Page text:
Tag British history

Ep. 33 – Dickens, Darwin, Disraeli, and the Great Stink of 1858

The summer of 1858 was hot and stinky in London and filled with stories and scandals. http://traffic.libsyn.com/yaleuniversitypresspodcast/2017-7-20-London-Summer-1858.mp3Podcast: Play in new window | DownloadSubscribe: iTunes | Android | RSS

Disraeli, de Rothschild, and the Struggle to Admit Jews to Parliament

Rosemary Ashton— What was it like to live in London through one of the hottest summers on record, with the River Thames emitting a sickening smell as a result of the sewage of over two million inhabitants being discharged into the river and floating up and down with the tide, never

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The Office of the Coroner and the Birth of the Modern English State

Matthew Lockwood— The image of the detective is a familiar one to modern eyes. Contemporary culture is rife with crime dramas, police procedurals, and medical investigations. Searching for the origins of this ubiquitous cultural type in the Anglo-American world, few would delve deeply into the past, pinpointing instead the nineteenth

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To Sleep or Not to Sleep?

Sasha Handley— Large swathes of the modern industrialized world are in the grip of a sleep-deprivation crisis. So say Jonathan Crary and Ariana Huffington, who represent just two voices in a chorus of recent critical commentaries highlighting the corrosive effects of our globalized 24/7 culture on sleep’s duration and quality.

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On the Origin of the Coffeehouse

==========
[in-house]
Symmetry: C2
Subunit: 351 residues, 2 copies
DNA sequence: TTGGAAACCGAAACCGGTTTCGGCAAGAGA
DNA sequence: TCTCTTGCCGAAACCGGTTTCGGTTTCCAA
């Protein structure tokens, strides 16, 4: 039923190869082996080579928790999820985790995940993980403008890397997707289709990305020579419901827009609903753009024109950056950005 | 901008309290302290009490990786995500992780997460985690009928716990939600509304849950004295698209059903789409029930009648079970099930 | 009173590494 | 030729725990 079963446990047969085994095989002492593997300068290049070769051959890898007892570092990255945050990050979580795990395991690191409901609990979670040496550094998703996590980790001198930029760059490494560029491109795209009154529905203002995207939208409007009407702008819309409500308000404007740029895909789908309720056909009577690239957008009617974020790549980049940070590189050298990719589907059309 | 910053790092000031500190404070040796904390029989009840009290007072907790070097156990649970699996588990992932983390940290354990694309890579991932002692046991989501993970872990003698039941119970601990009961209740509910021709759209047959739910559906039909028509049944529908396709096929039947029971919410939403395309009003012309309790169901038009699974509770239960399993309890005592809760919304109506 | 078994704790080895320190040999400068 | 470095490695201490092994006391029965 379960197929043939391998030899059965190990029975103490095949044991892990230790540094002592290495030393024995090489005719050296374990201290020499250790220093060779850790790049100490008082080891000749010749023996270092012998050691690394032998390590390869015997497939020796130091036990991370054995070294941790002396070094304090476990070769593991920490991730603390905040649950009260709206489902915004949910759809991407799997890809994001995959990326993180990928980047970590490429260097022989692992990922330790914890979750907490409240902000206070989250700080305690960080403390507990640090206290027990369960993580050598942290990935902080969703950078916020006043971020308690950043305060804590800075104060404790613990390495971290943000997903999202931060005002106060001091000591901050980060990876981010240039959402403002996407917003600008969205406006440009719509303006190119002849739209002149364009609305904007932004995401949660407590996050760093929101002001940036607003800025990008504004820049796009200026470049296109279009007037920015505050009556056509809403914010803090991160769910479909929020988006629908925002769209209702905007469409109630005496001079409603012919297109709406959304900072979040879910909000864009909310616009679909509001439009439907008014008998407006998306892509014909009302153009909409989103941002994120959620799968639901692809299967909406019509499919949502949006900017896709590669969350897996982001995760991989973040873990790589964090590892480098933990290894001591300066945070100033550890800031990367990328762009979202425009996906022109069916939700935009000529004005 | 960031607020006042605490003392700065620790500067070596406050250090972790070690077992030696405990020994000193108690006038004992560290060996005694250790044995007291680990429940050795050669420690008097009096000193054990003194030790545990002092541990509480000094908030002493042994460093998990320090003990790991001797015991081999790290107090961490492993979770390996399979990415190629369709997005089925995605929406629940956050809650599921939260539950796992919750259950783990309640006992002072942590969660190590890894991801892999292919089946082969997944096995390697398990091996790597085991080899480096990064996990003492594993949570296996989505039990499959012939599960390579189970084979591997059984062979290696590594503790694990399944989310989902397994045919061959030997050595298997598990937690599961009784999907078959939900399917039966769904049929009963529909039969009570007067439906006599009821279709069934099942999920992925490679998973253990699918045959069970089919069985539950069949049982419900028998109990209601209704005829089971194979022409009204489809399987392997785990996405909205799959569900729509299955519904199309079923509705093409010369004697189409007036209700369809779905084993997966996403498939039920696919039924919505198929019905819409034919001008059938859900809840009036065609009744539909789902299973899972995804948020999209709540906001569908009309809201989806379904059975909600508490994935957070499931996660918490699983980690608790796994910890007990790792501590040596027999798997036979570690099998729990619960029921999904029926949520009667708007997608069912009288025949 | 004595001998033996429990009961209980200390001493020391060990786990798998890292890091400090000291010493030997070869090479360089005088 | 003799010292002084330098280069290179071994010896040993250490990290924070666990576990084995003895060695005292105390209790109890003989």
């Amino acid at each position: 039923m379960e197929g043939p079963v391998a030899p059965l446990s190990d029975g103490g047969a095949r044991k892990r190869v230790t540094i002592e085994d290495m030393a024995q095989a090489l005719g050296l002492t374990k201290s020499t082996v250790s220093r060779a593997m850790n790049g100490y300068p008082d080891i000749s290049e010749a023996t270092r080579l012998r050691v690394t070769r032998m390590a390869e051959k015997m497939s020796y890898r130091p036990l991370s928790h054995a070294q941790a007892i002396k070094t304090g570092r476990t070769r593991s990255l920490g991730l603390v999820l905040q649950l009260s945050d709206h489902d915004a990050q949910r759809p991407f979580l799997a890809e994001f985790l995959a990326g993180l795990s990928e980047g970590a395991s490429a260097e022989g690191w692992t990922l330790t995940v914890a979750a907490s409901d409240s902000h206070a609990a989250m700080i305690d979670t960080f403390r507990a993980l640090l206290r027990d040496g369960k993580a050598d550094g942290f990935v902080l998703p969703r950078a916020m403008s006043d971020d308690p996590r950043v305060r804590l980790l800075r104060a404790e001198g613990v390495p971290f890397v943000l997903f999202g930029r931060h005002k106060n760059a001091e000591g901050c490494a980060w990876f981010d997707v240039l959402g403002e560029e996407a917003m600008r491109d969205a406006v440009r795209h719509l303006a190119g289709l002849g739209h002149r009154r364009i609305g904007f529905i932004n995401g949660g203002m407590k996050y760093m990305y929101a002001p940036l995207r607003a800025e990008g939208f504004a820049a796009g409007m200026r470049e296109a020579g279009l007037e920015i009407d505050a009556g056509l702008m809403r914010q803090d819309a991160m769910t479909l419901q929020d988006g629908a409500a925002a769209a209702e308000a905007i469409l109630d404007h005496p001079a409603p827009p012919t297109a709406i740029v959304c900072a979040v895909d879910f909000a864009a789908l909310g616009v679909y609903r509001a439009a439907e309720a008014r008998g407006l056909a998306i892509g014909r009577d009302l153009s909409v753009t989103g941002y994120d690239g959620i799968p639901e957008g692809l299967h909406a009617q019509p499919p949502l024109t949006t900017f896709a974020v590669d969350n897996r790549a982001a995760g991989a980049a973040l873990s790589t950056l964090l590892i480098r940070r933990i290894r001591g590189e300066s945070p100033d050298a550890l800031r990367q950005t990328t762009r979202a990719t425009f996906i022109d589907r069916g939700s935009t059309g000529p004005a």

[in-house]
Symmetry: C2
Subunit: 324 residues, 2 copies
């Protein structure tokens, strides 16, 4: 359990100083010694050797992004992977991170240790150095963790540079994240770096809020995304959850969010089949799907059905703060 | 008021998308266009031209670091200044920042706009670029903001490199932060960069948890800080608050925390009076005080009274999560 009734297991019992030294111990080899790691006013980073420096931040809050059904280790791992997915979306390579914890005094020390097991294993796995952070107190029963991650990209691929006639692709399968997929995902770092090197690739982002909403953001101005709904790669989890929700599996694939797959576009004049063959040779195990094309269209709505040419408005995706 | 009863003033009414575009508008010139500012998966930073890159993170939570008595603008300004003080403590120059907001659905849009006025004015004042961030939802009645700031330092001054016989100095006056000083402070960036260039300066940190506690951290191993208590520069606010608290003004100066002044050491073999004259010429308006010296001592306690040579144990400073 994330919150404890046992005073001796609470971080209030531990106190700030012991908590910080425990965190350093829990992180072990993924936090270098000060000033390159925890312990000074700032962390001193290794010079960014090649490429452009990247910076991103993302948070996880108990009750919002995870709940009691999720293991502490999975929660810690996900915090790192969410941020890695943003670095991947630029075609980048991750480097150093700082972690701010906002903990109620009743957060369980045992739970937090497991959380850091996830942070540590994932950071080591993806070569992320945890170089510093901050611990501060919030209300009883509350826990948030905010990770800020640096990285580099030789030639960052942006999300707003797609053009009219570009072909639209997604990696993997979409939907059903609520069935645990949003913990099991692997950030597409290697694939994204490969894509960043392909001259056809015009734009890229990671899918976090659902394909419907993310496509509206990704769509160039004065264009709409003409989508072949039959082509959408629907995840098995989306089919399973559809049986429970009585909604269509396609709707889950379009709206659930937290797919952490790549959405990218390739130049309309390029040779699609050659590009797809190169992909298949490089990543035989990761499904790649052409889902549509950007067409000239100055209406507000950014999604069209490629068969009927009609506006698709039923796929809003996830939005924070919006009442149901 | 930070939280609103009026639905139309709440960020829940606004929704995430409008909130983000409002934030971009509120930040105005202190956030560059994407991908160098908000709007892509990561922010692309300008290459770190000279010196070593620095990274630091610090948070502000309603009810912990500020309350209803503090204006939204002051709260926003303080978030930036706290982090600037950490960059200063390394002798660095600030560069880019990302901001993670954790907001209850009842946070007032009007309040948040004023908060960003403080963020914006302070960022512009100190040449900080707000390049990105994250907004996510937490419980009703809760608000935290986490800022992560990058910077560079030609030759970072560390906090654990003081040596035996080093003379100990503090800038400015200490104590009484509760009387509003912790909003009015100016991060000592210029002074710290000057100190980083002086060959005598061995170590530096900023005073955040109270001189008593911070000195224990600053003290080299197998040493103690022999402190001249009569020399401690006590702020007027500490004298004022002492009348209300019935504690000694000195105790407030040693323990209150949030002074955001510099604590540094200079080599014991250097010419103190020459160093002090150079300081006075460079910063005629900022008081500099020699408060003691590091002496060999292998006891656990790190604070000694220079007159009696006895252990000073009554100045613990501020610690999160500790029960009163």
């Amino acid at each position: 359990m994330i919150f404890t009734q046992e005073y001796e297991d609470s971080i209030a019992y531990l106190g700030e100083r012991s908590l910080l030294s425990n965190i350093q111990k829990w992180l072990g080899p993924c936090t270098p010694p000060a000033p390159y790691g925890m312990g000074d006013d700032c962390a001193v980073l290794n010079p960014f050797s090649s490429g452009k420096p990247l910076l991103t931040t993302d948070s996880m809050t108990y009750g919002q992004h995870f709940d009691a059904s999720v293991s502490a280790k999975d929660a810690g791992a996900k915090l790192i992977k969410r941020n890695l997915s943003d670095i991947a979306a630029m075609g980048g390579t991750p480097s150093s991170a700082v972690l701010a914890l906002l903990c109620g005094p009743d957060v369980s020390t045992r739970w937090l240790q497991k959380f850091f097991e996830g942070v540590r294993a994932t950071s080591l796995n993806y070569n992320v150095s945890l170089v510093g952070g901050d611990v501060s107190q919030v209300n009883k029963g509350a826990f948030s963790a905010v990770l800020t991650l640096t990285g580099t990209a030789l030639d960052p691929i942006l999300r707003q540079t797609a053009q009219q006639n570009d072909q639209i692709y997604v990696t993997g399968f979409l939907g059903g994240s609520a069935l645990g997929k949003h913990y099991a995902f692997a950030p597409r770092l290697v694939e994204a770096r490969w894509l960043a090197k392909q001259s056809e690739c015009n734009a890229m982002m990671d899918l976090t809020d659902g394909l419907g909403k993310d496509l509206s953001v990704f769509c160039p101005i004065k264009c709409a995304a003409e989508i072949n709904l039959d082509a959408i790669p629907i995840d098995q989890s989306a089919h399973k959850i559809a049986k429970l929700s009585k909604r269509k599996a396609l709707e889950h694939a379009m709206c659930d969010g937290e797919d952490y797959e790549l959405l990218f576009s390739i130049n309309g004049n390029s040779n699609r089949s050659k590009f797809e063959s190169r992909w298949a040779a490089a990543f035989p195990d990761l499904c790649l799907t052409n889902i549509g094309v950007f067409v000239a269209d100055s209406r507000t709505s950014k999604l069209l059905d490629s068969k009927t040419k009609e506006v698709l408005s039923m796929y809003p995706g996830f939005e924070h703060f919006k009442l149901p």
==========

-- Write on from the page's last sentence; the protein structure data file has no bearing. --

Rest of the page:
Brian Cowan— It should be easy to identify what a coffeehouse was at the dawn of the eighteenth century: a place where people gathered together to drink coffee, learn about the news of the day, and perhaps to meet with other local residents and discuss matters of mutual concern. Yet

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The Prince Who Saved the Magna Carta

Catherine Hanley— Have you ever heard of Magna Carta? It’s likely that you have: the document is famous throughout much of the world and has come to represent enduring freedom and liberty. It exercised a strong influence on the US constitution; sixteen states incorporated the full text into their statute

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Remembering the Reign of Henry IV

Chris Given-Wilson— When Henry of Bolingbroke seized the throne from his cousin King Richard II in September 1399, he presented himself to the people of England as the champion of property rights–and no one was better qualified than he to do so, for it was Richard’s unjustified seizure of Henry’s

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Why Was Victorian London So Dirty?

Lee Jackson— In 1899, the Chinese ambassador was asked his opinion of Victorian London at the zenith of its imperial grandeur. He replied, laconically, ‘too dirty’. He was only stating the obvious. Thoroughfares were swamped with black mud, composed principally of horse dung, forming a tenacious, glutinous paste; the air

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Meet Ivan Maisky: Soviet Ambassador to London, 1932–1943

Gabriel Gorodetsky— Serendipity often lies at the heart of scholarly discoveries. Some fifteen years ago I launched a research project which culminated in the joint official publication of documents on Israeli-Soviet relations. It is hard to describe my excitement when, while seeking information concerning the involvement of Ivan Maisky, the

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Wellington after Waterloo

Rory Muir— The Duke of Wellington felt far from triumphant after defeating Napoleon at Waterloo, famously remarking that “I don’t know what it is to lose a battle, but certainly nothing can be more painful than to gain one with the loss of so many of one’s friends.” A few

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